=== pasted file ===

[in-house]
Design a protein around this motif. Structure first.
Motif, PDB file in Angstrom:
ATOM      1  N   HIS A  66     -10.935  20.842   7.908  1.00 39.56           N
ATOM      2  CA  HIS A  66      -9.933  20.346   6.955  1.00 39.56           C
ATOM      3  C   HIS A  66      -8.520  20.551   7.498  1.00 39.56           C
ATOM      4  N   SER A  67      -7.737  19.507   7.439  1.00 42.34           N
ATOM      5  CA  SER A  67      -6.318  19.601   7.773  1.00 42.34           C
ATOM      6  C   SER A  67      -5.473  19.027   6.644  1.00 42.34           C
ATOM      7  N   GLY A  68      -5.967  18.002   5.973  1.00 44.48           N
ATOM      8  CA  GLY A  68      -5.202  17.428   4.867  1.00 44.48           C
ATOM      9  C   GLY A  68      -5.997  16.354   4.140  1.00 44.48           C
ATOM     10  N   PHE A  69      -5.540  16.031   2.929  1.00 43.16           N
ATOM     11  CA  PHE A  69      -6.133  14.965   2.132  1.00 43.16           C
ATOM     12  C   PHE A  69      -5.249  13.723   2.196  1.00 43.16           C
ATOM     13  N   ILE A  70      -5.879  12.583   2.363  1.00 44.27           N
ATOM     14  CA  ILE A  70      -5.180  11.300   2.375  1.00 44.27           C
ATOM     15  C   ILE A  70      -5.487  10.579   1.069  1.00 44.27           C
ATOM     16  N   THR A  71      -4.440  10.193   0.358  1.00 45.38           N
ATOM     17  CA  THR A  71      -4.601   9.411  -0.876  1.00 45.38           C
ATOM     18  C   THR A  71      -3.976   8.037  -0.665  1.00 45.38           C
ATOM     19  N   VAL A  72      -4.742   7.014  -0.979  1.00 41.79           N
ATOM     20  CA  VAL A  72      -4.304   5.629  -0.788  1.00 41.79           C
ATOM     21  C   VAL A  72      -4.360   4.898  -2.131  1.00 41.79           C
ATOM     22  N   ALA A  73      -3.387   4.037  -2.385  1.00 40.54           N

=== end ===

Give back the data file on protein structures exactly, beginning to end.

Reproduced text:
[in-house]
Design a protein around this motif. Structure first.
Motif, PDB file in Angstrom:
ATOM      1  N   HIS A  66     -10.935  20.842   7.908  1.00 39.56           N
ATOM      2  CA  HIS A  66      -9.933  20.346   6.955  1.00 39.56           C
ATOM      3  C   HIS A  66      -8.520  20.551   7.498  1.00 39.56           C
ATOM      4  N   SER A  67      -7.737  19.507   7.439  1.00 42.34           N
ATOM      5  CA  SER A  67      -6.318  19.601   7.773  1.00 42.34           C
ATOM      6  C   SER A  67      -5.473  19.027   6.644  1.00 42.34           C
ATOM      7  N   GLY A  68      -5.967  18.002   5.973  1.00 44.48           N
ATOM      8  CA  GLY A  68      -5.202  17.428   4.867  1.00 44.48           C
ATOM      9  C   GLY A  68      -5.997  16.354   4.140  1.00 44.48           C
ATOM     10  N   PHE A  69      -5.540  16.031   2.929  1.00 43.16           N
ATOM     11  CA  PHE A  69      -6.133  14.965   2.132  1.00 43.16           C
ATOM     12  C   PHE A  69      -5.249  13.723   2.196  1.00 43.16           C
ATOM     13  N   ILE A  70      -5.879  12.583   2.363  1.00 44.27           N
ATOM     14  CA  ILE A  70      -5.180  11.300   2.375  1.00 44.27           C
ATOM     15  C   ILE A  70      -5.487  10.579   1.069  1.00 44.27           C
ATOM     16  N   THR A  71      -4.440  10.193   0.358  1.00 45.38           N
ATOM     17  CA  THR A  71      -4.601   9.411  -0.876  1.00 45.38           C
ATOM     18  C   THR A  71      -3.976   8.037  -0.665  1.00 45.38           C
ATOM     19  N   VAL A  72      -4.742   7.014  -0.979  1.00 41.79           N
ATOM     20  CA  VAL A  72      -4.304   5.629  -0.788  1.00 41.79           C
ATOM     21  C   VAL A  72      -4.360   4.898  -2.131  1.00 41.79           C
ATOM     22  N   ALA A  73      -3.387   4.037  -2.385  1.00 40.54           N